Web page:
As Lindsay Sandiford awaits execution we ask: Should the death sentence still exist?
CHELTENHAM grandmother Lindsay Sandiford was handed the death sentence last month for drug smuggling in Bali. The 56-year-old, who once lived in Hester's Way and Warden Hill, was told she would face a firing squad after police arrested her in May last year with nearly five kilos of cocaine. In this week's Great Debate, we ask – should capital punishment still exist? And should it apply in the case of Lindsay Sandiford?
Cheltenham MP Martin Horwood tells why he is against the death penalty, one of the reasons he is intervening in the case of Lindsay Sandiford so strongly.
I simply don't think it can be justified for a state to rule that a person should die.
It's morally wrong – whatever crime they have committed.
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Sometimes killing other people can happen in warfare and, while that is regrettable, it sometimes cannot be avoided.
But to have a state condemn someone to death in cold blood is a step too far – whatever part of the world you're in.
Now that an appeal has been lodged in the case of Lindsay Sandiford that gives her more time. The first recourse is to appeal to the High Court and then to the Supreme Court. Then, there is still a chance to appeal to the president of Indonesia for clemency. He is said to be against the death penalty.
Although the death penalty remains part of Indonesian law, no one has been executed there since 2009. The fact the statute remains part of their law is a leftover from the dictatorship regime and out of tune with a democracy.
I have made this point very clearly face to face with the ambassador of Indonesia when discussing the case of Lindsay Sandiford. How do you think tourists will feel going on holiday there knowing that if they were coerced into carrying drugs they could be executed?
If it wants to be seen as a progressive, modern country then this statute needs to be wiped from the books.
Richard Moger, 33, from Whaddon disagrees.
I think when you read about what she has done, no one seems to be in too much doubt that this woman was guilty of smuggling large amounts of drugs into Bali.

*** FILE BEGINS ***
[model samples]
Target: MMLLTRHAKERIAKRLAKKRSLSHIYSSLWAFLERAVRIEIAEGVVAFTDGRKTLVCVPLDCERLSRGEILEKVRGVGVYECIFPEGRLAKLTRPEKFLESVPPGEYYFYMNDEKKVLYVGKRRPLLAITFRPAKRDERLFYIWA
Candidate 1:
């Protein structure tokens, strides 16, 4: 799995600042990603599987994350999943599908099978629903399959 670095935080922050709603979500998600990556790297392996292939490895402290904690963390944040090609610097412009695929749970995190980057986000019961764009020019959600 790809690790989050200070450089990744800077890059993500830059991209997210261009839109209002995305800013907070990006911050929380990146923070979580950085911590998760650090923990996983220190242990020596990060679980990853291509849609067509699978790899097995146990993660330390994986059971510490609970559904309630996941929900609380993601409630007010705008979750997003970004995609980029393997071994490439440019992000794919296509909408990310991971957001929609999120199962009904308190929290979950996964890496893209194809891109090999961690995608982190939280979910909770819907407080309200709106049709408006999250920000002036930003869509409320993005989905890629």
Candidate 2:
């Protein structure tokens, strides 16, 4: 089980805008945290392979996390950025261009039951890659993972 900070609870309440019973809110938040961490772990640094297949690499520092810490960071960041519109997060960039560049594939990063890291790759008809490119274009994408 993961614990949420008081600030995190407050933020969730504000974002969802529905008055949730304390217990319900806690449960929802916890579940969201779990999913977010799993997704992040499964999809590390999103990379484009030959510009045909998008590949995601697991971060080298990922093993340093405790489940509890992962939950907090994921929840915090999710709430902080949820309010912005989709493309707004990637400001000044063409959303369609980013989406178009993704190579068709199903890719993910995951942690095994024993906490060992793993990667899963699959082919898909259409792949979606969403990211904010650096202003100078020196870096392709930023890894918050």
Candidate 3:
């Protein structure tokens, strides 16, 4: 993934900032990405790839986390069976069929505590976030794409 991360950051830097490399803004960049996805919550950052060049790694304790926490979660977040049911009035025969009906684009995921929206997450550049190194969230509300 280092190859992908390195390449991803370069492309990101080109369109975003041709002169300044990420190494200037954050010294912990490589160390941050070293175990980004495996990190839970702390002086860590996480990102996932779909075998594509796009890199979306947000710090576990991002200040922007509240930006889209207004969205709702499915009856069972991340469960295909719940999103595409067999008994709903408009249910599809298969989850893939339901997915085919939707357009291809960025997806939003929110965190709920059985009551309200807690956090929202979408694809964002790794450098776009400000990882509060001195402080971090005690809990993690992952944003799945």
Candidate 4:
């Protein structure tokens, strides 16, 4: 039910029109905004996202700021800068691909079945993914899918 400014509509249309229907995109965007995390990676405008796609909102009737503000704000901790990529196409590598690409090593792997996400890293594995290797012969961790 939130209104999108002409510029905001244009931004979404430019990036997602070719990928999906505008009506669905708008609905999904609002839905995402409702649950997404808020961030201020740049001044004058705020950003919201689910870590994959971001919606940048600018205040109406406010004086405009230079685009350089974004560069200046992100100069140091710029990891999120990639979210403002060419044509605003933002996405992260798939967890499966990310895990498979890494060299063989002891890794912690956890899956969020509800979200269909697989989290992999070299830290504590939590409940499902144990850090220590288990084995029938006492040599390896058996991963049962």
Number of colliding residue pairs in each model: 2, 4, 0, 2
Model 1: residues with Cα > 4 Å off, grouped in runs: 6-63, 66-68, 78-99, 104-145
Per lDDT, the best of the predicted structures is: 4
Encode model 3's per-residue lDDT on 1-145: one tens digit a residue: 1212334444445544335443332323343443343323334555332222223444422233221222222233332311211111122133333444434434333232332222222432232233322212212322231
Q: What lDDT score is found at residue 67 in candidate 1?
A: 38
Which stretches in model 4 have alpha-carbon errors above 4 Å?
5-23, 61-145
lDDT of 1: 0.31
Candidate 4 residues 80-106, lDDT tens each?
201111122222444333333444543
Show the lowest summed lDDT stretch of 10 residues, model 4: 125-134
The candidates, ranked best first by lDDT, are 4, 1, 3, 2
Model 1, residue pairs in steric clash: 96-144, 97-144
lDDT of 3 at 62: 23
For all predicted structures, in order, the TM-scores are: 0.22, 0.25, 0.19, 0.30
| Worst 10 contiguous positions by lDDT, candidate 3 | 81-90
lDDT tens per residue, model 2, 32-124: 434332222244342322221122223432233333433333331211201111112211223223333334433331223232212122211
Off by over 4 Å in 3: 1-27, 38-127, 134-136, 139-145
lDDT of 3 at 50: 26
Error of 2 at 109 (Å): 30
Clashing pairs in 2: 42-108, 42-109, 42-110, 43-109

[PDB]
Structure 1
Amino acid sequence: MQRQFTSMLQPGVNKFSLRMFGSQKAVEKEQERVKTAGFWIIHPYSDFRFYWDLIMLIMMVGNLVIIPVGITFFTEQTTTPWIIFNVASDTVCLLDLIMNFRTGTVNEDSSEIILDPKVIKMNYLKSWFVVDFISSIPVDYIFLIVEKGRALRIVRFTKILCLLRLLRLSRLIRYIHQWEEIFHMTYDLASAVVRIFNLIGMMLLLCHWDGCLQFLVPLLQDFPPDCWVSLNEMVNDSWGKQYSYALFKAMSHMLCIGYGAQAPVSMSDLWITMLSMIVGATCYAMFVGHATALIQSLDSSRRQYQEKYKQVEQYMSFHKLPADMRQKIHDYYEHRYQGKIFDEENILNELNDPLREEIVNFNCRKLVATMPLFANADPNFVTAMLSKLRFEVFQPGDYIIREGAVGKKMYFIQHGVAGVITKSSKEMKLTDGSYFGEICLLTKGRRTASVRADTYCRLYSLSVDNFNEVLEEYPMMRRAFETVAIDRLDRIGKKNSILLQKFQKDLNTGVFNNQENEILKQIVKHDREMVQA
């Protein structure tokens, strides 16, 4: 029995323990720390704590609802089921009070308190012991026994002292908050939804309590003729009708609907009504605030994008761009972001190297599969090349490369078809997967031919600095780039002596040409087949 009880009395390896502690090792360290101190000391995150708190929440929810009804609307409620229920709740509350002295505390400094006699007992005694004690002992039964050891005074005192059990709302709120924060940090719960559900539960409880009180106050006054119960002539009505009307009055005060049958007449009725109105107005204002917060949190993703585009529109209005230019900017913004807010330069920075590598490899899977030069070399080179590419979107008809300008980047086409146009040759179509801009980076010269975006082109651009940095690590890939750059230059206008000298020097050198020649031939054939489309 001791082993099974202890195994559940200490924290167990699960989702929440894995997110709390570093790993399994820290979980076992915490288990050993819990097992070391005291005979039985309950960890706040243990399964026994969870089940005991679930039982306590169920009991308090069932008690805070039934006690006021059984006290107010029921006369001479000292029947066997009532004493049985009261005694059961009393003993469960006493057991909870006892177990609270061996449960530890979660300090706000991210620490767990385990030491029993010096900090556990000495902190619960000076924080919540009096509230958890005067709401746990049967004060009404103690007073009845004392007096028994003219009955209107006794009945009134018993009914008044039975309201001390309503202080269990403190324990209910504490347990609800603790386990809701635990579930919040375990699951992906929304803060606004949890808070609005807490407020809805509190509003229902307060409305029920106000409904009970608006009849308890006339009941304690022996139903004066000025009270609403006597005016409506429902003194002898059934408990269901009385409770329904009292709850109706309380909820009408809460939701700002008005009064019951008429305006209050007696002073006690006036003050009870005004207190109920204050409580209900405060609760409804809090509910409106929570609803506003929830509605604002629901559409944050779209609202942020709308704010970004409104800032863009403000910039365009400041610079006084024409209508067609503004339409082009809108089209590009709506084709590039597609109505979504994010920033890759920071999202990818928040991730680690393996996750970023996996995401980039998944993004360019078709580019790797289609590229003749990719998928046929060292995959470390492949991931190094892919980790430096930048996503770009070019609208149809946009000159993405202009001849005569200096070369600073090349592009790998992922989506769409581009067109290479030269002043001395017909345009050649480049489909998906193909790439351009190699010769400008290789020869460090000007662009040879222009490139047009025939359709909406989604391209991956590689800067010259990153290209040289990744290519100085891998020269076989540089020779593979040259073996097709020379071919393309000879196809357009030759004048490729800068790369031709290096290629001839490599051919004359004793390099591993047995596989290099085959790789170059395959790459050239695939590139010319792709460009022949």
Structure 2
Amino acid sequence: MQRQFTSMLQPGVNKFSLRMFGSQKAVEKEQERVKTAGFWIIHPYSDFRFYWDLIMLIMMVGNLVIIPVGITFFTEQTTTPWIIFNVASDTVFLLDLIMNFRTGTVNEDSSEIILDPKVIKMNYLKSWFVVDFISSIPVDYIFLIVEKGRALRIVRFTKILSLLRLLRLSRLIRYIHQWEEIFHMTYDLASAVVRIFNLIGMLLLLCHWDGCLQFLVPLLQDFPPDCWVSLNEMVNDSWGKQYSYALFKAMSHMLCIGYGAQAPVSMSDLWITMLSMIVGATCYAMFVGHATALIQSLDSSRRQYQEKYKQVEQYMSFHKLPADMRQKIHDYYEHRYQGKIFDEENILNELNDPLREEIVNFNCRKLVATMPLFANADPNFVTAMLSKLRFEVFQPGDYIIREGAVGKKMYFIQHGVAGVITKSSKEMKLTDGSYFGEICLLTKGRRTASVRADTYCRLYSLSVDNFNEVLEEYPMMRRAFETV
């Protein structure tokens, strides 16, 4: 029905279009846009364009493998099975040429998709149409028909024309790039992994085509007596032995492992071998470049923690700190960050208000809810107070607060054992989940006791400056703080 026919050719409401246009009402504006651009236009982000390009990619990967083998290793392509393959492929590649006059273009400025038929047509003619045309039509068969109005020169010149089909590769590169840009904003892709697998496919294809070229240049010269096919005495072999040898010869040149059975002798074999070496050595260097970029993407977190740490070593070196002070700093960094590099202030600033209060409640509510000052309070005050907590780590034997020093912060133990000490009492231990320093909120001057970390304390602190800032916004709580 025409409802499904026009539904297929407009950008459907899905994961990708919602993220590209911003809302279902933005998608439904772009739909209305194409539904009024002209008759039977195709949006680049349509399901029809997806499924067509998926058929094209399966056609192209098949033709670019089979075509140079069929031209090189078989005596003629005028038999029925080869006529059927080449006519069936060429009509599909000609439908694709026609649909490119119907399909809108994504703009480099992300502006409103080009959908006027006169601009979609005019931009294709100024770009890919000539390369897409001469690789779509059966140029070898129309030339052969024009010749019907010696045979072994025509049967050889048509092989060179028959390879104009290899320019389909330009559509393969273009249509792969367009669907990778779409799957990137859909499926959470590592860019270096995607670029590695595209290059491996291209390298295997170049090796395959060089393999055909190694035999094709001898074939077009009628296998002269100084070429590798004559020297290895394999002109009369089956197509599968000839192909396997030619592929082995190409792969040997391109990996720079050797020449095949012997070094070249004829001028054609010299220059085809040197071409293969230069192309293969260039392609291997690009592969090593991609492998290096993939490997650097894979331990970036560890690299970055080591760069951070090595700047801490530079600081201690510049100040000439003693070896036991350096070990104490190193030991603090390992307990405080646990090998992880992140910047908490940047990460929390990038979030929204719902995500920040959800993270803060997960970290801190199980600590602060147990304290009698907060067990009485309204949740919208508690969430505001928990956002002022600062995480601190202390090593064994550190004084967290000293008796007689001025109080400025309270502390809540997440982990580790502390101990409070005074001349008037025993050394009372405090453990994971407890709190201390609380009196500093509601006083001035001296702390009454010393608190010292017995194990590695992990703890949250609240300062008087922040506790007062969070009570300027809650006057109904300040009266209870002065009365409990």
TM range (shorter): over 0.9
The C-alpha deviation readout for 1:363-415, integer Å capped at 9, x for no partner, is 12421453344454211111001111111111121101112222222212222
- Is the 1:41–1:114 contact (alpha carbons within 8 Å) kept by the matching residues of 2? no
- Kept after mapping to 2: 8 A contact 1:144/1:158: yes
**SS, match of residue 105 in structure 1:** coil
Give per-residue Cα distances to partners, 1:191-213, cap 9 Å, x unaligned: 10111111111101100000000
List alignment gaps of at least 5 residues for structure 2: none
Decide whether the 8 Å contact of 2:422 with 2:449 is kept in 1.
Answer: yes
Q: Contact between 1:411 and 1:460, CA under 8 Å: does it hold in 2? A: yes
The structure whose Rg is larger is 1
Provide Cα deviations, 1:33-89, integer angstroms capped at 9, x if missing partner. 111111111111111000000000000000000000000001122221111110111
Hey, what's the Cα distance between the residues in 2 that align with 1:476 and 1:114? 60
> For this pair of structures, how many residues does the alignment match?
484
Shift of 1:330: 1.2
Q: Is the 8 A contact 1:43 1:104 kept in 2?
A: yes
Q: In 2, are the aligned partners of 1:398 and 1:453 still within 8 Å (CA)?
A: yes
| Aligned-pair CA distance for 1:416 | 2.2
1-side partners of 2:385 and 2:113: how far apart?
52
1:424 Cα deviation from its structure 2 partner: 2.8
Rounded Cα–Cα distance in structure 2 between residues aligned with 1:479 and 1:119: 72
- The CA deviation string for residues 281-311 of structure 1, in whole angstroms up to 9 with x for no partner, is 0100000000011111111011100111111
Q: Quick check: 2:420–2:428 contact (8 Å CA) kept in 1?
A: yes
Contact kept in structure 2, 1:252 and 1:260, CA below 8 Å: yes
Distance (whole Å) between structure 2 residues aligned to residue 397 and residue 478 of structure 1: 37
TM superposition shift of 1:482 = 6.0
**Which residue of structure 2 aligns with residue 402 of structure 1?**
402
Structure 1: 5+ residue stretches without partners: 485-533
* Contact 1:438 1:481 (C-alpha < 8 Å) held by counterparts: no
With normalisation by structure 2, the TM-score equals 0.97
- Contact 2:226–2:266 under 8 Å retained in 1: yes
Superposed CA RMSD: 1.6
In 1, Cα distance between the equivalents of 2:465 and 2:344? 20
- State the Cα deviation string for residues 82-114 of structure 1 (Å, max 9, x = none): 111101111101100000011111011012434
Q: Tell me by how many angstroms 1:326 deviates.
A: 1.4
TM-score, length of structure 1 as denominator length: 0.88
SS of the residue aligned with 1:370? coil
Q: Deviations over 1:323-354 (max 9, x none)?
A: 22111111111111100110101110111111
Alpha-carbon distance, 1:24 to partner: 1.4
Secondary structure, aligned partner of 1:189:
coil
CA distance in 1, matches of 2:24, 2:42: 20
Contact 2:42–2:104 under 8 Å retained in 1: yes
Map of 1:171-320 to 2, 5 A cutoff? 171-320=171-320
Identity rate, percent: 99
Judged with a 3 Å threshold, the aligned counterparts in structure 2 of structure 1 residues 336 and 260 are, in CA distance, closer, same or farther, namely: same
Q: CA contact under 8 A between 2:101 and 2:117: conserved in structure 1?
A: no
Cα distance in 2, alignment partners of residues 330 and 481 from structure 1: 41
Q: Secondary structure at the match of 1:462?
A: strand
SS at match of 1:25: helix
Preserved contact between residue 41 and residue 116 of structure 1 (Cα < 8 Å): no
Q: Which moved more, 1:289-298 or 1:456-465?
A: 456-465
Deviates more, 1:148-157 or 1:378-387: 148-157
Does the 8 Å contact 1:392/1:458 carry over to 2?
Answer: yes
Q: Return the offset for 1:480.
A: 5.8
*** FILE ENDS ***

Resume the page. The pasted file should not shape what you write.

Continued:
She would have known when she decided to do that what the punishment was, so I don't think she can have much cause for complaint when she is caught and punished according to the law of the land.
When you are abroad, it's important to respect the laws of the country you're in.
Whether you agree with them or not is beside the point.
This woman was arrested bringing a large amount of cocaine into Bali and she was bang to rights.
Those drugs would have been used by people on the island – potentially causing harm to people who bought them.
Although she was almost certainly part of a demand and supply scenario, and if she didn't bring the drugs in someone else would have, it's still hard to find much sympathy for someone who was prepared to put other lives at risk in order to line her own pockets.
I don't see why, because she is a British citizen, she should get off any lighter than others who have been executed for similar crimes in that part of the world before.
It seems to me to be double standards.
People will question whether the death penalty is right in the first place. But should we be telling countries like Indonesia how to make their own laws just because one of our citizens has fallen foul of them?
If you do the crime, you should be prepared to do the time. And in this case that means the death penalty.
It's not a very palatable. We might not like it. But at least it sends out a strong message to drug traffickers who are preying on people on the island.
What kind of message does it send them if she gets a light sentence?